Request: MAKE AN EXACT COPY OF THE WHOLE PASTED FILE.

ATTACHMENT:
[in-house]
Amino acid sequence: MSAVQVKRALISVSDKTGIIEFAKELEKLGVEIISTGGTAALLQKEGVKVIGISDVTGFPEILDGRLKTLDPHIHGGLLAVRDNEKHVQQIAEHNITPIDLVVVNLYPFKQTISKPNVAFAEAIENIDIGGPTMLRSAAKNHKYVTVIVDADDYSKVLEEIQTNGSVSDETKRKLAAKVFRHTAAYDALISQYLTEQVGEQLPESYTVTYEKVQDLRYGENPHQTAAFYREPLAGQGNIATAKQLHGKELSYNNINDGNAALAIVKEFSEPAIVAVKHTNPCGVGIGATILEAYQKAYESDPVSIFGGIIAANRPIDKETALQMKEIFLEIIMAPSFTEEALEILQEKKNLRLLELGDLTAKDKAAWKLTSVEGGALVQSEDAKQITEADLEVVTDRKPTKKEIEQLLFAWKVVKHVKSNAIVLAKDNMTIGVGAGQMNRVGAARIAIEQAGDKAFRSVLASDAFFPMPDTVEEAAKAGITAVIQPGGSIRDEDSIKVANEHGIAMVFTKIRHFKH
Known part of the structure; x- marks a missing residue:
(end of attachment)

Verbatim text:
[in-house]
Amino acid sequence: MSAVQVKRALISVSDKTGIIEFAKELEKLGVEIISTGGTAALLQKEGVKVIGISDVTGFPEILDGRLKTLDPHIHGGLLAVRDNEKHVQQIAEHNITPIDLVVVNLYPFKQTISKPNVAFAEAIENIDIGGPTMLRSAAKNHKYVTVIVDADDYSKVLEEIQTNGSVSDETKRKLAAKVFRHTAAYDALISQYLTEQVGEQLPESYTVTYEKVQDLRYGENPHQTAAFYREPLAGQGNIATAKQLHGKELSYNNINDGNAALAIVKEFSEPAIVAVKHTNPCGVGIGATILEAYQKAYESDPVSIFGGIIAANRPIDKETALQMKEIFLEIIMAPSFTEEALEILQEKKNLRLLELGDLTAKDKAAWKLTSVEGGALVQSEDAKQITEADLEVVTDRKPTKKEIEQLLFAWKVVKHVKSNAIVLAKDNMTIGVGAGQMNRVGAARIAIEQAGDKAFRSVLASDAFFPMPDTVEEAAKAGITAVIQPGGSIRDEDSIKVANEHGIAMVFTKIRHFKH
Known part of the structure; x- marks a missing residue: